In the proteins department, “Two Small Birds” is more of a feast. The no-nonsense prose, which shows the influence of that Hemingway fellow as well as Raymond Carver (and, alas, Charles Bukowski), is as well-constructed as a union-made machine. The novel’s solid structure corrals potentially wayward episodes and epiphanies. It gives nothing away to say that the brothers’ business plan collapses after an act of exuberant drunken stupidity. The failure is described, not just foreshadowed, on page 78. It’s a testament to Dave Newman’s skill as a storyteller that you want to figure out how they got there, and that an element of surprise remains in the final telling of the undoing.
“Raymond Carver Will Not Raise Our Children” picks up the life of Dan Charles, family man and underemployed adjunct teacher of writing at what sure looks like the University of Pittsburgh English Department, around 2010. (Guidepost: Ben Roethlisberger’s sex scandal in Georgia is a conversational topic.)
At the risk of sounding like the author’s press agent, the two novels complete each other. The manic questing of “Two Small Birds” finds a parallel in the domestic stress of “Raymond Carver,” as Dan clamors to provide for his well-adjusted kids, while his excellent teacher wife does more than her share of bread-winning and tolerates his drunken exploits and their shambolic friends. This novel is both more Pittsburgh-specific—how many recent books immortalize both Tessaro’s and the Cricket Lounge?—and more universal as a love song to being a good parent and spouse (despite a sleazy opportunistic fling, dispatched with quickly at the opening).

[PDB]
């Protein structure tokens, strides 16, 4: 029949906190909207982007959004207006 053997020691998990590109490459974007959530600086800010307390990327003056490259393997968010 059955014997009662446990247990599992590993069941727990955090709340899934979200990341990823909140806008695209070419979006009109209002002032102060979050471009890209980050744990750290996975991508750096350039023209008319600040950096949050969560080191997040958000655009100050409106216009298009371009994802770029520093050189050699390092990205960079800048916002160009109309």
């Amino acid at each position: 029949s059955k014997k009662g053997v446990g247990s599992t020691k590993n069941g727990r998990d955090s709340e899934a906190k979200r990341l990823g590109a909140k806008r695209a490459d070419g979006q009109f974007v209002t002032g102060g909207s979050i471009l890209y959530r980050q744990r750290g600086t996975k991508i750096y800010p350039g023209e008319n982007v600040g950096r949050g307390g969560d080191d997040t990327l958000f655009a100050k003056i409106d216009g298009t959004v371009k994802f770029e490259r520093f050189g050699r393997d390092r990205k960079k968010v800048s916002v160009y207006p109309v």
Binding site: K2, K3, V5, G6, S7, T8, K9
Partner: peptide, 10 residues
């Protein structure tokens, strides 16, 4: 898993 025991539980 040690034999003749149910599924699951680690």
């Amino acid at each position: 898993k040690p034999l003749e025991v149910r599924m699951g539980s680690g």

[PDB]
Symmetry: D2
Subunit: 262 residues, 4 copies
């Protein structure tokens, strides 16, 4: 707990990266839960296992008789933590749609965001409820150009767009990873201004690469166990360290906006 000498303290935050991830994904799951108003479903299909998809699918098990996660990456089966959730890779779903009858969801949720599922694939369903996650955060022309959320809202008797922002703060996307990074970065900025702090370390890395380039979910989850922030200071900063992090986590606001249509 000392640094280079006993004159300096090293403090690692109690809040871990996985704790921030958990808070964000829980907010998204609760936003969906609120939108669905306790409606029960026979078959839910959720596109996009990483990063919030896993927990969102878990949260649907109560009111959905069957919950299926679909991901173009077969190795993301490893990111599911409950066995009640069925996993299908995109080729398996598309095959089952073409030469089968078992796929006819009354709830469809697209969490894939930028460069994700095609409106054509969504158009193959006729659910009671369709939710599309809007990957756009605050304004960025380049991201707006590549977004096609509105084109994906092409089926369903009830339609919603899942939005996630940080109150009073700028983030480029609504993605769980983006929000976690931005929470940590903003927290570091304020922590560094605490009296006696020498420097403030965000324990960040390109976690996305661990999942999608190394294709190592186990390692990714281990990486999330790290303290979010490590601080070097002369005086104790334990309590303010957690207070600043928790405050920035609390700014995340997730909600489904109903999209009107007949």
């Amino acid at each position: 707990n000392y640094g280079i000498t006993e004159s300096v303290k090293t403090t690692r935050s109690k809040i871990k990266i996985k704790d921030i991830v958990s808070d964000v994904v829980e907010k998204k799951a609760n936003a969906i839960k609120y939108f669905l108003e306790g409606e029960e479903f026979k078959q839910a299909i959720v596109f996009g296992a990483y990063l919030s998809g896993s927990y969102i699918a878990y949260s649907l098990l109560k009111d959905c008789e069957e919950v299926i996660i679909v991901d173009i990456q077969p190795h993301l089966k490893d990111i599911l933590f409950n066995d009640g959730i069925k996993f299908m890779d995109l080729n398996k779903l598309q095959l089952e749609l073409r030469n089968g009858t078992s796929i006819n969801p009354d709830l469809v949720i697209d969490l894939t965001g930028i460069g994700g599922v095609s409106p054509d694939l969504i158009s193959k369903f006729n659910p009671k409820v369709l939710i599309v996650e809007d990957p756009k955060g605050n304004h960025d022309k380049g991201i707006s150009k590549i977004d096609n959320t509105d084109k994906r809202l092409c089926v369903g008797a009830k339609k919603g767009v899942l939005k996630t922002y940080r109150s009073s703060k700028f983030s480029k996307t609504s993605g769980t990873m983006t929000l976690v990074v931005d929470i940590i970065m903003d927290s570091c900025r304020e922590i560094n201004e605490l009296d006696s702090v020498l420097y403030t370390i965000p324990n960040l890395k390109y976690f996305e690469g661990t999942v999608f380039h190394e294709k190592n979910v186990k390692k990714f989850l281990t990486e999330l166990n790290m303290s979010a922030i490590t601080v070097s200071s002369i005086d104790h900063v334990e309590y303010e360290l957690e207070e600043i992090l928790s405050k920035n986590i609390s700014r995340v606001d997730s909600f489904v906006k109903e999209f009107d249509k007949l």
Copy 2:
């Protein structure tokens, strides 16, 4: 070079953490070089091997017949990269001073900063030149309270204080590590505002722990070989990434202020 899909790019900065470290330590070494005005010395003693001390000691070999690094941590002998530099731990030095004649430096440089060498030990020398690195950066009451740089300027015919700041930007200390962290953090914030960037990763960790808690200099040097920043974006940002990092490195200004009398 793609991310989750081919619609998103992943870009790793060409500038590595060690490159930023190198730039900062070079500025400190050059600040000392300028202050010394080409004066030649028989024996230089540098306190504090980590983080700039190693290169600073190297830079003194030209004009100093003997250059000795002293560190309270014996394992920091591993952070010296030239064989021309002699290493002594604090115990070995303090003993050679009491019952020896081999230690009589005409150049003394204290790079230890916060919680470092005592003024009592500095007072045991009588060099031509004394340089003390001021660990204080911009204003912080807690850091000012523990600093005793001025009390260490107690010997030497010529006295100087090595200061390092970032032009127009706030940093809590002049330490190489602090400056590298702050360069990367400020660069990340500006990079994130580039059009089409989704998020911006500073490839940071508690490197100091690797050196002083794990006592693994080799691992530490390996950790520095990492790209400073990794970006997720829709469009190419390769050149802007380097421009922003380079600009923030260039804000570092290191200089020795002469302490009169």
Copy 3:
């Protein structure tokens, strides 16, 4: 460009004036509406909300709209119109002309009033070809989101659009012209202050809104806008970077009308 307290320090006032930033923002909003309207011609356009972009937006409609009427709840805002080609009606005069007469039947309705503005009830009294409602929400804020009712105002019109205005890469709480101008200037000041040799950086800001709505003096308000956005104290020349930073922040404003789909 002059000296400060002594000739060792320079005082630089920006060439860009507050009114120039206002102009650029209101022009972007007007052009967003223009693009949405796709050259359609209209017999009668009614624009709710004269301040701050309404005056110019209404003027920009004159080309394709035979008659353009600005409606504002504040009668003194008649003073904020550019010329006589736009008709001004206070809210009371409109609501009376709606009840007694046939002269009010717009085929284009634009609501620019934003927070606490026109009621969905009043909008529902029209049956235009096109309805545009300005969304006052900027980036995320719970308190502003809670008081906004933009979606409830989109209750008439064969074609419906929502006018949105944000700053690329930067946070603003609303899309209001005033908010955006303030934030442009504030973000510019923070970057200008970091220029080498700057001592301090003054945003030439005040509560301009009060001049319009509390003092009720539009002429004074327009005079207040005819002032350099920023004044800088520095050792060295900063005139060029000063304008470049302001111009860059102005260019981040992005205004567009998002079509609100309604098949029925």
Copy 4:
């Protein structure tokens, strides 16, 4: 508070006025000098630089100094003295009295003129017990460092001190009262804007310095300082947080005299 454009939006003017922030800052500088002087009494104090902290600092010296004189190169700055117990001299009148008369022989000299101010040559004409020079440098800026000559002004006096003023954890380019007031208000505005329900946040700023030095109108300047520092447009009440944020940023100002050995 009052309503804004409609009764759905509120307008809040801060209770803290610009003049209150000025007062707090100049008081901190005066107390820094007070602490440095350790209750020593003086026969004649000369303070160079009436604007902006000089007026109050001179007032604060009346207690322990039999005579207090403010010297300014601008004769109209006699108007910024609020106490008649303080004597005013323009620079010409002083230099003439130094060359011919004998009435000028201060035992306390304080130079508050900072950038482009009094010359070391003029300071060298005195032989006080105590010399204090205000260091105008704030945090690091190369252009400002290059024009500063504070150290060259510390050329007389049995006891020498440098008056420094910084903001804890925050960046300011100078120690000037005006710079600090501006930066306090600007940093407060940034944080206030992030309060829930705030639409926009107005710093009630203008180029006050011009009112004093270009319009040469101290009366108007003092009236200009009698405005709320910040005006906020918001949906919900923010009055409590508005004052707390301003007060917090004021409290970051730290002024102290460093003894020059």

In “Two Small Birds,” as the young Dan is reading his way through Hemingway, somewhere in the middle of America, he realizes that “Hemingway knew what I was going through. …He knew that life was a battle and you needed courage. He knew that courage would sometimes fail you too.” Dan ponders the fate of smuggler Harry Morgan in “To Have and Have Not,” shot dead after getting in with the wrong people. “All I wanted was to make a living too, make a living and have a little dignity. Then write about it.” Spoken like a true working man.